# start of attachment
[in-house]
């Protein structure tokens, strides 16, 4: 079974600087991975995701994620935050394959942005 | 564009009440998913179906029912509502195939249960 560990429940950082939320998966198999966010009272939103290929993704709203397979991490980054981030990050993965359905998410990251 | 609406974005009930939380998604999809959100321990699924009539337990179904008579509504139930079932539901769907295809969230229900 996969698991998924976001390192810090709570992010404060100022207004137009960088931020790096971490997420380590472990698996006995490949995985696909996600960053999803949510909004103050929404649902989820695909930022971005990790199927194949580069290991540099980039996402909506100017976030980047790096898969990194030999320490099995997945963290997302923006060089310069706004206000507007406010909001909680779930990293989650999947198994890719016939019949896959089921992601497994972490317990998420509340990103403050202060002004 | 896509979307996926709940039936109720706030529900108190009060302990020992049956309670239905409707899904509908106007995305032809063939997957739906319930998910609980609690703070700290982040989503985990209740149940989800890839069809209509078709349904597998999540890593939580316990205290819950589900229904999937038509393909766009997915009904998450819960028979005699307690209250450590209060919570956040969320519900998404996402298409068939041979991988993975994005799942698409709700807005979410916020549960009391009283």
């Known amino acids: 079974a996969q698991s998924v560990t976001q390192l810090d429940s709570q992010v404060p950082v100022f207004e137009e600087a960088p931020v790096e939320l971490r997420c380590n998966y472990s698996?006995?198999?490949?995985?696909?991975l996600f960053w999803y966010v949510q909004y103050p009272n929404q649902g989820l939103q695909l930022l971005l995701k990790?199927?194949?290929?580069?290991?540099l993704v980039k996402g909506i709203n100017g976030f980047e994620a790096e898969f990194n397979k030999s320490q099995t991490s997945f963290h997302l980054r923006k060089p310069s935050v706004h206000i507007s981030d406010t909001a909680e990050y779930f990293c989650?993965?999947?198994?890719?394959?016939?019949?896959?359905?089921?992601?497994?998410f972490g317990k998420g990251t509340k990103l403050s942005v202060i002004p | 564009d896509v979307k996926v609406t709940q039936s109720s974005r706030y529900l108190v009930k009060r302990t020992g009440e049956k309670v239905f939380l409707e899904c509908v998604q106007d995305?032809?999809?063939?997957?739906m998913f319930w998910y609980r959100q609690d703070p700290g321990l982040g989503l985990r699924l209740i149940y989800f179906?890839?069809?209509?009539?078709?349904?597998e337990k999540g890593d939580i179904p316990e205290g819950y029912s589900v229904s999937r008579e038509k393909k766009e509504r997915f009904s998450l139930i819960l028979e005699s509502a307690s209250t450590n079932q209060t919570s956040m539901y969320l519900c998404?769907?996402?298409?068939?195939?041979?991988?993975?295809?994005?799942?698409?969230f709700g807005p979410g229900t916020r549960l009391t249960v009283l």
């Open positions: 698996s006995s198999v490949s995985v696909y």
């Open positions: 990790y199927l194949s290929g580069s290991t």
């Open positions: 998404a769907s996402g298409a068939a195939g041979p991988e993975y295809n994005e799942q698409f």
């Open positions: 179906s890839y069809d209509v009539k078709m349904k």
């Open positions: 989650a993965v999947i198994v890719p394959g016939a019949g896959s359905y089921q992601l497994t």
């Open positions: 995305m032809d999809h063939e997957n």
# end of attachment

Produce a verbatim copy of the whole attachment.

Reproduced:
[in-house]
């Protein structure tokens, strides 16, 4: 079974600087991975995701994620935050394959942005 | 564009009440998913179906029912509502195939249960 560990429940950082939320998966198999966010009272939103290929993704709203397979991490980054981030990050993965359905998410990251 | 609406974005009930939380998604999809959100321990699924009539337990179904008579509504139930079932539901769907295809969230229900 996969698991998924976001390192810090709570992010404060100022207004137009960088931020790096971490997420380590472990698996006995490949995985696909996600960053999803949510909004103050929404649902989820695909930022971005990790199927194949580069290991540099980039996402909506100017976030980047790096898969990194030999320490099995997945963290997302923006060089310069706004206000507007406010909001909680779930990293989650999947198994890719016939019949896959089921992601497994972490317990998420509340990103403050202060002004 | 896509979307996926709940039936109720706030529900108190009060302990020992049956309670239905409707899904509908106007995305032809063939997957739906319930998910609980609690703070700290982040989503985990209740149940989800890839069809209509078709349904597998999540890593939580316990205290819950589900229904999937038509393909766009997915009904998450819960028979005699307690209250450590209060919570956040969320519900998404996402298409068939041979991988993975994005799942698409709700807005979410916020549960009391009283």
């Known amino acids: 079974a996969q698991s998924v560990t976001q390192l810090d429940s709570q992010v404060p950082v100022f207004e137009e600087a960088p931020v790096e939320l971490r997420c380590n998966y472990s698996?006995?198999?490949?995985?696909?991975l996600f960053w999803y966010v949510q909004y103050p009272n929404q649902g989820l939103q695909l930022l971005l995701k990790?199927?194949?290929?580069?290991?540099l993704v980039k996402g909506i709203n100017g976030f980047e994620a790096e898969f990194n397979k030999s320490q099995t991490s997945f963290h997302l980054r923006k060089p310069s935050v706004h206000i507007s981030d406010t909001a909680e990050y779930f990293c989650?993965?999947?198994?890719?394959?016939?019949?896959?359905?089921?992601?497994?998410f972490g317990k998420g990251t509340k990103l403050s942005v202060i002004p | 564009d896509v979307k996926v609406t709940q039936s109720s974005r706030y529900l108190v009930k009060r302990t020992g009440e049956k309670v239905f939380l409707e899904c509908v998604q106007d995305?032809?999809?063939?997957?739906m998913f319930w998910y609980r959100q609690d703070p700290g321990l982040g989503l985990r699924l209740i149940y989800f179906?890839?069809?209509?009539?078709?349904?597998e337990k999540g890593d939580i179904p316990e205290g819950y029912s589900v229904s999937r008579e038509k393909k766009e509504r997915f009904s998450l139930i819960l028979e005699s509502a307690s209250t450590n079932q209060t919570s956040m539901y969320l519900c998404?769907?996402?298409?068939?195939?041979?991988?993975?295809?994005?799942?698409?969230f709700g807005p979410g229900t916020r549960l009391t249960v009283l």
């Open positions: 698996s006995s198999v490949s995985v696909y």
């Open positions: 990790y199927l194949s290929g580069s290991t």
């Open positions: 998404a769907s996402g298409a068939a195939g041979p991988e993975y295809n994005e799942q698409f």
């Open positions: 179906s890839y069809d209509v009539k078709m349904k």
């Open positions: 989650a993965v999947i198994v890719p394959g016939a019949g896959s359905y089921q992601l497994t």
């Open positions: 995305m032809d999809h063939e997957n």